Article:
One of the forces influencing the fuel efficiency of a motorized vehicle is the Rolling Resistance of the tyres.
This phenomenon exists because a tyre deforms when rotating, resulting in energy losses in the form of heat. The higher the deformation, the higher the tyre rolling resistance, and consequently the more fuel required to move the vehicle forward. In other words, lower rolling resistance means lower fuel consumption and therefore lower vehicle emissions, including CO2.
Actual fuel savings and road safety depend heavily on the behaviour of drivers, and in particular the following:
- eco-driving can significantly reduce fuel consumption.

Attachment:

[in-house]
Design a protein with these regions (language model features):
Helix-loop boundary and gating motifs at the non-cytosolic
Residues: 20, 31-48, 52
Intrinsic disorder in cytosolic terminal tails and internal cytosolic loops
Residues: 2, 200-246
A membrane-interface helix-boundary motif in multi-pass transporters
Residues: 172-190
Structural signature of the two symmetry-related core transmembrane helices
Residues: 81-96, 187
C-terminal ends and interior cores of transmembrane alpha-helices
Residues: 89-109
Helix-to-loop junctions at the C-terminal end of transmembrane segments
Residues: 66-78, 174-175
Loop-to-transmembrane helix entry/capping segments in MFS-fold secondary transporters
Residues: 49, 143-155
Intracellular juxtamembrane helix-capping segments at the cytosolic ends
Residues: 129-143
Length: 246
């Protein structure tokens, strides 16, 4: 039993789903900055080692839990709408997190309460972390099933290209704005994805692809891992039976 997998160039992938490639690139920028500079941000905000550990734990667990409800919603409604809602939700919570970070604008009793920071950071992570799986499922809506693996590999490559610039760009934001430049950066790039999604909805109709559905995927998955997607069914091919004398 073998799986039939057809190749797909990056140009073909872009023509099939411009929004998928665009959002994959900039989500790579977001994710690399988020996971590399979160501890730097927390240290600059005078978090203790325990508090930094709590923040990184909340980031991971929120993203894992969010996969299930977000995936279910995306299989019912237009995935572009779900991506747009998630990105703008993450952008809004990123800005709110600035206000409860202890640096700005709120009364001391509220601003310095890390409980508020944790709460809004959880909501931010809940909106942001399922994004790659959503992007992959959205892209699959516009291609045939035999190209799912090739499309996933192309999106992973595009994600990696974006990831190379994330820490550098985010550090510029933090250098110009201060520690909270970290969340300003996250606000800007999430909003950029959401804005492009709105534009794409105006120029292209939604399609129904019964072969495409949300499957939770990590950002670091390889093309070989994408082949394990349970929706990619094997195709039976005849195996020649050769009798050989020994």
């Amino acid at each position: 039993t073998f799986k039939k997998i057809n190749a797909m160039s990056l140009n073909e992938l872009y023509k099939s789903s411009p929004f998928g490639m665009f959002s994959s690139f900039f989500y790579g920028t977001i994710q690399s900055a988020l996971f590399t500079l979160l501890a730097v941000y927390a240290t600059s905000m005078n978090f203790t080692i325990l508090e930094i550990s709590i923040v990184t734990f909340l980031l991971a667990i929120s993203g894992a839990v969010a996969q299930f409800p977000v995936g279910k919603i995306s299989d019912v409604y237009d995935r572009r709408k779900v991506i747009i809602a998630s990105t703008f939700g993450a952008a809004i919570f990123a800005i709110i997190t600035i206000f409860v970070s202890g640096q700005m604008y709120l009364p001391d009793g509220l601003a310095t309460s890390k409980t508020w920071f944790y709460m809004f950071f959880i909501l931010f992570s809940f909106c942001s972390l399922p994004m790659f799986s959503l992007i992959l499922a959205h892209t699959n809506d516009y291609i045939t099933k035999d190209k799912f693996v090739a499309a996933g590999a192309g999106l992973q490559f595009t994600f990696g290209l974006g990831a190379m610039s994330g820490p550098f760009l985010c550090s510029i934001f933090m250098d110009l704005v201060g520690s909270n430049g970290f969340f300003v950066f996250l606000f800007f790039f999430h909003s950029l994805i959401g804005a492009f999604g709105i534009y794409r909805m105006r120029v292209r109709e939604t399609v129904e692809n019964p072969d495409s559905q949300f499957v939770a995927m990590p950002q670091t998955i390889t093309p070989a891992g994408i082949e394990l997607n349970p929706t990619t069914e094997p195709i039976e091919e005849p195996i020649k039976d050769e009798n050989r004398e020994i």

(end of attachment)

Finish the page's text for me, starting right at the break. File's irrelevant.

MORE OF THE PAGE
- tyre pressure should be regularly checked to optimize wet grip and fuel efficiency performance.
- stopping distances should always be strictly respected.
The new label will display different grades in "rolling resistance" where A is the most "fuel efficient" and G the worst in class. The black arrow (in this case B) next to the grading indicates the performance level of the product.
The most important role of a tyre is to provide safety - in all conditions. Wet adherence or grip is one of the most important performance characteristics. However, higher adherence and lower rolling resistance are often contradictory objectives that have traditionally required a performance trade-off.
Thanks to the new labelling regulation, customers will be able to see and choose for themselves their preferred performances. The label will display a range of 7 grades where tyres with an "A" provide the highest levels of wet grip and "G" the lowest.